Tuesday, October 7, 2014
Thursday, August 29, 2013
1. Change your TV source to the appropriate HDMI port and then this screen displays.
2. Visit google.com/chromecast/setup on a laptop, phone, or tablet and set things up.
5. Input wireless credentials.
Tuesday, January 17, 2012
|Image source: http://goo.gl/un3nB|
Wednesday, November 30, 2011
Friday, September 30, 2011
|Find the needle in this haystack.|
Wednesday, September 28, 2011
Monday, September 12, 2011
Monday, February 28, 2011
|Photo by Maggie Smith|
There will be an “eBook Trends and Practices” track at the 2011 Computers in Libraries conference.
Wednesday, February 9, 2011
Although the SPC Library website has been optimized for mobile users, the time has come to utilize innovative technologies for the new generation of touch screen mobile devices.
SPC Librarian Chad Mairn designed the library’s new mobile-optimized “touch” website interface to act much like an application for an iPhone or other mobile devices. But unlike most applications, the website is entirely web-based and no downloads or updates are required.
“The trend is moving more toward mobile, and once students know that a website is mobile-optimized, they’ll be using it more,” Mairn said. “If a site doesn’t look well on my mobil device, I just won’t use it.”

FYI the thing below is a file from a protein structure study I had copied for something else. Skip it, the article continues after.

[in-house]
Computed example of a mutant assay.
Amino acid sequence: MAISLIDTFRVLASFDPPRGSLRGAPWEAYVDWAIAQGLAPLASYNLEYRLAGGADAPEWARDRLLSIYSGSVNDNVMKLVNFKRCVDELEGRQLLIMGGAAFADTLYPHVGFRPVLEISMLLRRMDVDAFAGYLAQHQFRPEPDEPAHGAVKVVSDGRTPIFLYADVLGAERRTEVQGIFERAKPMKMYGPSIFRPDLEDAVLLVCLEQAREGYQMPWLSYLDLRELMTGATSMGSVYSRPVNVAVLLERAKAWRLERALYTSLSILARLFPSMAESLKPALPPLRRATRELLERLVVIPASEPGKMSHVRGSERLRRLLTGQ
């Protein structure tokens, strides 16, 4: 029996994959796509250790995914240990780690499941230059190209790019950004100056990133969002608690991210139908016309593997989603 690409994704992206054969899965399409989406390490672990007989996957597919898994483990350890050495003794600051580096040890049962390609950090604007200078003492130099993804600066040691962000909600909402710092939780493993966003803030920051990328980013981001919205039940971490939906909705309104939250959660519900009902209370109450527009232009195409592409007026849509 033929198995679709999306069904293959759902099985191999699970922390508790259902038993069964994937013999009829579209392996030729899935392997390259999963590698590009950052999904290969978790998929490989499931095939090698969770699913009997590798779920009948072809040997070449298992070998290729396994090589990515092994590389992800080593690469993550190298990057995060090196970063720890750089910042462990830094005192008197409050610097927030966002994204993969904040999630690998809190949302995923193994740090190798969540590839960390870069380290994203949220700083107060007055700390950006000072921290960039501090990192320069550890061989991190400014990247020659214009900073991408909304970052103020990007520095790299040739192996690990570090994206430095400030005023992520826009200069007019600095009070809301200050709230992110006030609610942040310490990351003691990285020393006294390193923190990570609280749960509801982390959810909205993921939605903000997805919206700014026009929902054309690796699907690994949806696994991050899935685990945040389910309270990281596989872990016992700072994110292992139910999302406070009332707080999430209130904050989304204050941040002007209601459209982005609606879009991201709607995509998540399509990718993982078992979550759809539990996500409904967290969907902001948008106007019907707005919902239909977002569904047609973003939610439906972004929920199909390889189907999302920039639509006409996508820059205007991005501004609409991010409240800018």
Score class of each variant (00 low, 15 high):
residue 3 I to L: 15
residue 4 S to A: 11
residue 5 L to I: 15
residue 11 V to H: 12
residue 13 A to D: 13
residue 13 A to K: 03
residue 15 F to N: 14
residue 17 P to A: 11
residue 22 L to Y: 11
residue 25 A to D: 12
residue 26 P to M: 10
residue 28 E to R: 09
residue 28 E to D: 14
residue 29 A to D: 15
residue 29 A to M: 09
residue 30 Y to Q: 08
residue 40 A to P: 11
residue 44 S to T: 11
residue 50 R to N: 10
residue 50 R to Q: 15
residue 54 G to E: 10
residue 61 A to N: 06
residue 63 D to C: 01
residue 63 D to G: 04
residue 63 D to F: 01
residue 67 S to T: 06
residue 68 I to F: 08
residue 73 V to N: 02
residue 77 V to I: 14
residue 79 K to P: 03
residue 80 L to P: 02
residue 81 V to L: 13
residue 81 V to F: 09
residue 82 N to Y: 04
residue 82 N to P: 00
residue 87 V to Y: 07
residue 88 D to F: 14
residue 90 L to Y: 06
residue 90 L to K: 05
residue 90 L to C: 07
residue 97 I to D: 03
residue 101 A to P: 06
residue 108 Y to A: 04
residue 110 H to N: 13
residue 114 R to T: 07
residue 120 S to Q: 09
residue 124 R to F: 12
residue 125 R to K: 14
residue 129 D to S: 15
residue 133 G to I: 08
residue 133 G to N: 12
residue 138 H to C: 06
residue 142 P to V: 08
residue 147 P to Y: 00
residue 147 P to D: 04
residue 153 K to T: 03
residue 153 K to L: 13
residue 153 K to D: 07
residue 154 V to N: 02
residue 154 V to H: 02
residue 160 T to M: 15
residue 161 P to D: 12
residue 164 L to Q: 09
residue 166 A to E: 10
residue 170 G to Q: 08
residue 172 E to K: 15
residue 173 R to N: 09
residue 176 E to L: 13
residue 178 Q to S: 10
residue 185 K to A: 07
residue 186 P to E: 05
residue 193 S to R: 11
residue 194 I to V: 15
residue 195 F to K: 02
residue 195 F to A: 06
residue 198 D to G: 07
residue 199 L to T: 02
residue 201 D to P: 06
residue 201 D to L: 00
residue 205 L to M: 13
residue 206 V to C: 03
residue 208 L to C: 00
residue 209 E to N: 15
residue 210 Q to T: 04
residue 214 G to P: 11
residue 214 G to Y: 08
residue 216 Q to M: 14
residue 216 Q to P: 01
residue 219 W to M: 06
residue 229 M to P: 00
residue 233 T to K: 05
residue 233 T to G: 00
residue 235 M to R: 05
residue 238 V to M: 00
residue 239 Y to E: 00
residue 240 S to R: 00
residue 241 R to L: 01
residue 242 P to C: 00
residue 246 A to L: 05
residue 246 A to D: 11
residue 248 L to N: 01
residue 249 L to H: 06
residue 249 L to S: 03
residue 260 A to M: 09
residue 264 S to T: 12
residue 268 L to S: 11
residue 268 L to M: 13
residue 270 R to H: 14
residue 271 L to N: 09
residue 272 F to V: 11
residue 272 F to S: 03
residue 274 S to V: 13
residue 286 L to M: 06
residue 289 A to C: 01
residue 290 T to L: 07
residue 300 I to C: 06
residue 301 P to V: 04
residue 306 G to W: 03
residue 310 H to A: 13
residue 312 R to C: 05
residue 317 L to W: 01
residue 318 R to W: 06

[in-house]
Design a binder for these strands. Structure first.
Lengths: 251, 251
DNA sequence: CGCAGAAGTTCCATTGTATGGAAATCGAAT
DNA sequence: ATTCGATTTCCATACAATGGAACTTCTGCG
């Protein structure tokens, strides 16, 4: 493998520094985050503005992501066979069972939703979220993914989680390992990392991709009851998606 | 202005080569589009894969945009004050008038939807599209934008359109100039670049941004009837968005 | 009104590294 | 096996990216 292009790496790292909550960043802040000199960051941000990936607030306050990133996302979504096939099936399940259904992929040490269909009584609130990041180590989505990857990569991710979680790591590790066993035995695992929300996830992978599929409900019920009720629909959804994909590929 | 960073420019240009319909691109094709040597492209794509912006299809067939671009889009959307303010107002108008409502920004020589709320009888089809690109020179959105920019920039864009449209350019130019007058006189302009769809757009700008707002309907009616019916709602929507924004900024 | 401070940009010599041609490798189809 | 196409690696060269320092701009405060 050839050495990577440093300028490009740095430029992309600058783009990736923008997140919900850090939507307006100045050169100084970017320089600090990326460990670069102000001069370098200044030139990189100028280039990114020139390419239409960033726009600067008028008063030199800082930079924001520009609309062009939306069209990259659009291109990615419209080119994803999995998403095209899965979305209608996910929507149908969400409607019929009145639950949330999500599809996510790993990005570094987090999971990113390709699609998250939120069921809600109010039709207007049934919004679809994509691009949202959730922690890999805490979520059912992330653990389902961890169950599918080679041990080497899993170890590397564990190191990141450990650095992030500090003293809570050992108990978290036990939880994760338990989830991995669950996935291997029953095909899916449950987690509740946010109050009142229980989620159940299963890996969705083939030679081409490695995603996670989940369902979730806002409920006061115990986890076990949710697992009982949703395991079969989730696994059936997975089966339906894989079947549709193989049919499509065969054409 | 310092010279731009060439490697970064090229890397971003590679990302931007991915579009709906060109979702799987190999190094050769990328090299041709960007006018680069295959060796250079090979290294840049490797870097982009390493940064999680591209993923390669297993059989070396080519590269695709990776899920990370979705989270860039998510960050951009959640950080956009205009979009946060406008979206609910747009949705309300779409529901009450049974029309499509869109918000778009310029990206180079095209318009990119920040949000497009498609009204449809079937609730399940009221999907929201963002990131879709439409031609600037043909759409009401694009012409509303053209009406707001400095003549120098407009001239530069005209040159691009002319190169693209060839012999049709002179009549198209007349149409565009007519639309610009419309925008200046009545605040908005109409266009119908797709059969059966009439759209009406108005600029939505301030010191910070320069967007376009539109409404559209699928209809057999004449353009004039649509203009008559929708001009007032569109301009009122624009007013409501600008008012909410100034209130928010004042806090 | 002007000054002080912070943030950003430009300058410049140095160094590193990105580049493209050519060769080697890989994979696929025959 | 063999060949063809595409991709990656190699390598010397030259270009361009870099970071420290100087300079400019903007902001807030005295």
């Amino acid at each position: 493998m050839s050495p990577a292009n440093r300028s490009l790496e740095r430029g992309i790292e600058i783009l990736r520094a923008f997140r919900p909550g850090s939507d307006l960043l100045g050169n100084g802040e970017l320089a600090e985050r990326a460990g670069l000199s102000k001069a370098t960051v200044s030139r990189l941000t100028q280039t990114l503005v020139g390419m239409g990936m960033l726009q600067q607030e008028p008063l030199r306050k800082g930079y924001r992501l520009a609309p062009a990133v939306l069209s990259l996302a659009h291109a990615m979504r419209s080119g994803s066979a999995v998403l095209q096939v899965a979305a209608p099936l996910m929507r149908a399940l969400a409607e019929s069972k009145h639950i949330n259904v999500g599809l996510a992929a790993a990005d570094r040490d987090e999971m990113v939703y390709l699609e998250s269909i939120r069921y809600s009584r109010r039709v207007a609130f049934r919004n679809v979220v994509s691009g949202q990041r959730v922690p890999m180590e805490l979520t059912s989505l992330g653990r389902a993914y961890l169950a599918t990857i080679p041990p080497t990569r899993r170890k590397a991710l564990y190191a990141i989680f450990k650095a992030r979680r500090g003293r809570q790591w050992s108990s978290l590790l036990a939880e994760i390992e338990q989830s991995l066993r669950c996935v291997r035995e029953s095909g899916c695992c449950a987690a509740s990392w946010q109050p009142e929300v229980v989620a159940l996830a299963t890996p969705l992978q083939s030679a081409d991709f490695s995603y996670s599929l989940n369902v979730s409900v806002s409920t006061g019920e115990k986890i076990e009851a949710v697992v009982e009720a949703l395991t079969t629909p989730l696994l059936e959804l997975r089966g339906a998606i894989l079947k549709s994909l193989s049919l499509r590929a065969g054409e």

The new mobile-optimized website, designed for on-the-go users, includes:
To access the mobile library, visit www.spcollege.edu/central/libonline/touch on your mobile device or scan this QR code to gain instant access.
For more information or to provide comments, please contact Chad Mairn. Special thanks to Yuka Takayama for helping code the mobile redirect script.
Saturday, January 15, 2011
Wednesday, November 17, 2010
Monday, November 15, 2010
The Handheld Librarian 4 (HHLib4) conference will feature interactive, live online sessions and links to recorded events following the conference. HHLib4 is interested in a broad range of submissions that highlight current, evolving, and future issues in mobile library services. This year, HHLib4 will feature a program track with presentations by graduate library students. These include but are not limited to the following program tracks:
- location-based social networking
- augmented reality
- device and OS trends
- QR codes
- mobile trend spotting
- mobile technologies impacting society
- web/app development best practices
Submit your proposal by completing the webform at http://www.handheldlibrarian.org/submissions-form by December 1, 2010. Online presentations may be conducted in one of four formats:
- a 45-minute live online session (i.e. synchronous webcast)
- a 15 minute student presentation ***
- a 10 minute live online session or
- a pre-recorded presentation (i.e. narrated web tour or slides).
- Conduct your session using Adobe Connect (computer, Internet, mic required)
- Provide a digital photo of yourself for the conference website
- Respond to questions from attendees
- Attend an online 30-60 minute training on Adobe Connect prior to the conference